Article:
If you’re running a business, you should already know the value of wellbeing at work. A lack of consideration when it comes to employee wellbeing can lead to a negative culture, unproductive workers and burnout, which can cost your business when it comes to sick days and staff retention.
While stress is a common part of work, stress in the extreme and employee burnout is usually an indicator of a wider issue within the workplace environment. Understanding both the causes and effects of burnout is vital for managers looking to reduce the impact on their business.
The Rising Issue of Burnout in the Workplace
As of 2019, burnout became an illness officially recognized by the World Health Organization, with symptoms including:
- Feelings of energy depletion or exhaustion
- Increased mental distance from one’s job, or feelings of negativism or cynicism related to one’s job
- Reduced professional efficacy
The issue of burnout is real, and one that is affecting the workforce at an increasing rate. A study into burnout in the workplace by TollFreeForwarding.com looked at 2,000 US employees and found that over a third (36%) of workers said they’d experienced the symptoms of burnout every week. Over half (56%) experience burnout monthly, while only 12% said they’ve never experienced burnout in their current job.
Clearly, burnout is something that should be taken seriously. The stress, exhaustion, and negativity that comes with burnout not only affects employees’ wellbeing and personal lives but can have a crippling effect on their workplace.
Unmotivated, unproductive employees will naturally find the quality of their work is reduced, while lethargic feelings also contribute to business sick days – nearly a quarter of workers (23%) said they use sick days at least every two months due to burnout.
To retain their best staff and encourage productivity, businesses need to be taking active steps to both support employees who are experiencing burnout and limit the causes of burnout. Read on for three ways you can prevent burnout in the workplace.
2. Create a Positive Workplace Environment
The biggest contributor to workplace burnout is a high-pressure working environment, according to almost half (44%) of those surveyed. So, steps must be taken to ensure a positive working environment that allows employees to thrive.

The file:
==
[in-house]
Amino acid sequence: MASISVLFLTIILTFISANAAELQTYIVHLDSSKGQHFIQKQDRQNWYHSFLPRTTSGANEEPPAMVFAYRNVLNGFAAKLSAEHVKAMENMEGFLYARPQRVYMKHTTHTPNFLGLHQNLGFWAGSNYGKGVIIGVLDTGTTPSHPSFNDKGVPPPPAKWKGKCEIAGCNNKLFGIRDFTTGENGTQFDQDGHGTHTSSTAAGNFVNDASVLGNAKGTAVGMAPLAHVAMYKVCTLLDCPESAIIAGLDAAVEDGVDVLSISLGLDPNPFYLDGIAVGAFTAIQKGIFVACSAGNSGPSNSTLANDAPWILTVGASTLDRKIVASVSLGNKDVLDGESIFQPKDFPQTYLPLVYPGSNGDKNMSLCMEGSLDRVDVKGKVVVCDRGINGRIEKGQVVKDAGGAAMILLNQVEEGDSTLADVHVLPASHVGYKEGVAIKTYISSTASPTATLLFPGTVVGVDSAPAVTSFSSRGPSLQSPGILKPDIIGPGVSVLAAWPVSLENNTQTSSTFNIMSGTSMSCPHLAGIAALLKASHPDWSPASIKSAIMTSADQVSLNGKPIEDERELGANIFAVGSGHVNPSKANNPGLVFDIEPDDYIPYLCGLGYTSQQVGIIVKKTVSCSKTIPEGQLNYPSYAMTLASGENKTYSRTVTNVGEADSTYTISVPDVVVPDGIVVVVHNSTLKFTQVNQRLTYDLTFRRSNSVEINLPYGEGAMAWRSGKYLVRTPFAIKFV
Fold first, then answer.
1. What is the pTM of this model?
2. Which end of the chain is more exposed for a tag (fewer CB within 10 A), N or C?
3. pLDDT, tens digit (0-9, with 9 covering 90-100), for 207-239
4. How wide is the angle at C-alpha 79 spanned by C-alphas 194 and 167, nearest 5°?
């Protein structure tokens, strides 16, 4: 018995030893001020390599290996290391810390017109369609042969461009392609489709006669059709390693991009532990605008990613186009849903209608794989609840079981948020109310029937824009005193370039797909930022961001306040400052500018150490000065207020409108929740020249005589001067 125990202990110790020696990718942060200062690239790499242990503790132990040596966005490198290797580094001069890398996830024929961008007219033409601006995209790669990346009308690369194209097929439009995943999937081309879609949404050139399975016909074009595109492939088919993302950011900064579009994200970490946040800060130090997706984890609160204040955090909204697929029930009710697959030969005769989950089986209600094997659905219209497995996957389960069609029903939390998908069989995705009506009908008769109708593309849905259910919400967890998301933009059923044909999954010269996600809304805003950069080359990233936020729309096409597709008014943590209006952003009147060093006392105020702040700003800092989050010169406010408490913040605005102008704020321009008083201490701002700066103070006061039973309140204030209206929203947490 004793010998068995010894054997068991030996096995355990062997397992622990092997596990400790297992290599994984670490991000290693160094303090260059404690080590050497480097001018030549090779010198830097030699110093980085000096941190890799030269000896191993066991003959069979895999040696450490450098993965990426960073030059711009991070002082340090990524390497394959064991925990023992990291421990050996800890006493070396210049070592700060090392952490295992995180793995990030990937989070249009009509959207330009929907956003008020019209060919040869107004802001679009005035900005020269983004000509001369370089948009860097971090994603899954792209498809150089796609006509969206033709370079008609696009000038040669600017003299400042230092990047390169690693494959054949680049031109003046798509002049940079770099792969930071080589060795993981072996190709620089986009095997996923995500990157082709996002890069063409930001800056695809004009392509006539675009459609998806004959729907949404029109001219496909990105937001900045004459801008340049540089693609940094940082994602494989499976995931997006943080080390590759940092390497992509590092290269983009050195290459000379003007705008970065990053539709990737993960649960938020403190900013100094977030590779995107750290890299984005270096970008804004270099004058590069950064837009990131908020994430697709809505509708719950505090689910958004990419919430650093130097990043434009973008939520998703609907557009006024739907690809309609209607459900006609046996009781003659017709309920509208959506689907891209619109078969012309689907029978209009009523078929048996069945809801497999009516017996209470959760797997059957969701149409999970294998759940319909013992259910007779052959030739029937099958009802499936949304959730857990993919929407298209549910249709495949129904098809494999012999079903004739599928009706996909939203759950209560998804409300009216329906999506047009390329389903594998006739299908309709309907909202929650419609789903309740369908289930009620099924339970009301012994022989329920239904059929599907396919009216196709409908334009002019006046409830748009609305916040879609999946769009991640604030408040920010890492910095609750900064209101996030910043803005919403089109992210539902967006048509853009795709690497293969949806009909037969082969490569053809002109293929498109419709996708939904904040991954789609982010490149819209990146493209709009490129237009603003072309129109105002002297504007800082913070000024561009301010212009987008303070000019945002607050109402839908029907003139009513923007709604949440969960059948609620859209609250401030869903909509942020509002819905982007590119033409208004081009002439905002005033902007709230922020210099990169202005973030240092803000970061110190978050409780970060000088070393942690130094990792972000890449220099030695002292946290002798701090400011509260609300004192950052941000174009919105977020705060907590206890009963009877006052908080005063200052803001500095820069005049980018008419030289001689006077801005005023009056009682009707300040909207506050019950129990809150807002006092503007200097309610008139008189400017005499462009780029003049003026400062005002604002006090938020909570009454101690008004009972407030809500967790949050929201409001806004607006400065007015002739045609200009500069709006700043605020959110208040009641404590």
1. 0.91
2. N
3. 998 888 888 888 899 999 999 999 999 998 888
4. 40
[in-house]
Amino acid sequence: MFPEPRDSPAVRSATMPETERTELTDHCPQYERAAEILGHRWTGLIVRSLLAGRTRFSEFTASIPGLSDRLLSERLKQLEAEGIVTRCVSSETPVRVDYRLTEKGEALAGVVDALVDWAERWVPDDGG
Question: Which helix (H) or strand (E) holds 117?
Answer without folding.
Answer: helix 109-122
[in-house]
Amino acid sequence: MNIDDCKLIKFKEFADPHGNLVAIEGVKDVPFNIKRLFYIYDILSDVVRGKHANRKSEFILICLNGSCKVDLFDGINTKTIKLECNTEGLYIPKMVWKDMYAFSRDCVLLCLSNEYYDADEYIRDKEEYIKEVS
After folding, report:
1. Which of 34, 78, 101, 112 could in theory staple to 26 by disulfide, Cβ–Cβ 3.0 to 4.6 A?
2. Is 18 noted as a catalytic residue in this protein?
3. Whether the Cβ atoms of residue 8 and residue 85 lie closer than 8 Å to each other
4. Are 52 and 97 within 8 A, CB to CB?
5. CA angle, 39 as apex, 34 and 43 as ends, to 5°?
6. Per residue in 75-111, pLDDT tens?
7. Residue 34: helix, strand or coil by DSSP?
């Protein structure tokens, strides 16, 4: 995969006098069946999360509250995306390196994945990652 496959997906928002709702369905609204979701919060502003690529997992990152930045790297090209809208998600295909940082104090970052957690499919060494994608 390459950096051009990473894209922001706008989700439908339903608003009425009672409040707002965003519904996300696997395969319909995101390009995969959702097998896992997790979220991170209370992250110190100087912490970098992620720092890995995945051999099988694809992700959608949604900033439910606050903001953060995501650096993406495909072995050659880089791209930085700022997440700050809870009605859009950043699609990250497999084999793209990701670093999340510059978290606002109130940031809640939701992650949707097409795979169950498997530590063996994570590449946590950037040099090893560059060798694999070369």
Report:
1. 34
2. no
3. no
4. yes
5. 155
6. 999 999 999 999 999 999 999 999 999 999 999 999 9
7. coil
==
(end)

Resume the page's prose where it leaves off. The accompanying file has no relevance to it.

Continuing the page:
Unrealistic performance targets alongside unrealistic deadlines will inevitably cause stress and high pressure. Many businesses think setting high goals and targets will push their workers to perform at their best, when actually, this is likely having an adverse effect. If a goal, deadline or target cannot realistically be met, workers will be left feeling stressed, rushed, pressured, and like they’re failing at work – which can lead quickly to burnout.
Rather than setting employees up to fail, work together towards fair, realistic and achievable goals. Employees who are regularly stressed will be less productive, so you’ll quickly notice an improvement in output and wellbeing within the workplace when the pressure is lifted.
2. Communication is Key
When it comes to burnout in the workplace, a lack of support and communication from management also plays a big role; 38% of workers said a lack of support was contributing to their burnout.
As well as issues with general communication, if employees feel they lack clarity in their roles this can lead to confusion, frustration, and disengagement, as workers are unaware of their objectives and how they contribute to success. Regular managerial support and 1:1s are a must to ensure employees are engaged, while positive feedback, clear objectives, and constructive criticism are all vital for clarity within a role.
Keeping an open dialogue with employees is also extremely beneficial if issues do occur. Regular communication will ensure your staff are comfortable talking to you, and you can work together to combat any issues before they become a more serious problem.
3. Offer Flexibility and Promote Work/Life Balance
Supporting a healthy work/life balance is imperative for keeping a motivated, productive workforce. All too often at work, and sometimes even subconsciously, staying late and putting in extra time is rewarded. Naturally, going ‘above and beyond’ is seen as a good thing, however, employees need time to switch off from work to ensure productivity.
If your business structure allows it, perks and benefits including flexible working patterns, remote working, and generous vacation allowance can all work together to combat employee burnout. Encourage your employees to use all their vacation days, don’t expect people to be in work mode 24/7 and create a clear work/life balance – you’ll see the health and productivity of the workforce soar.
Wellbeing in the workplace, and the prevention of employee burnout, should always be considered. A shift in culture and the promotion of a clear work/life balance will lead to a happier, healthier and more productive workforce – which can only mean positive things for your business as a whole.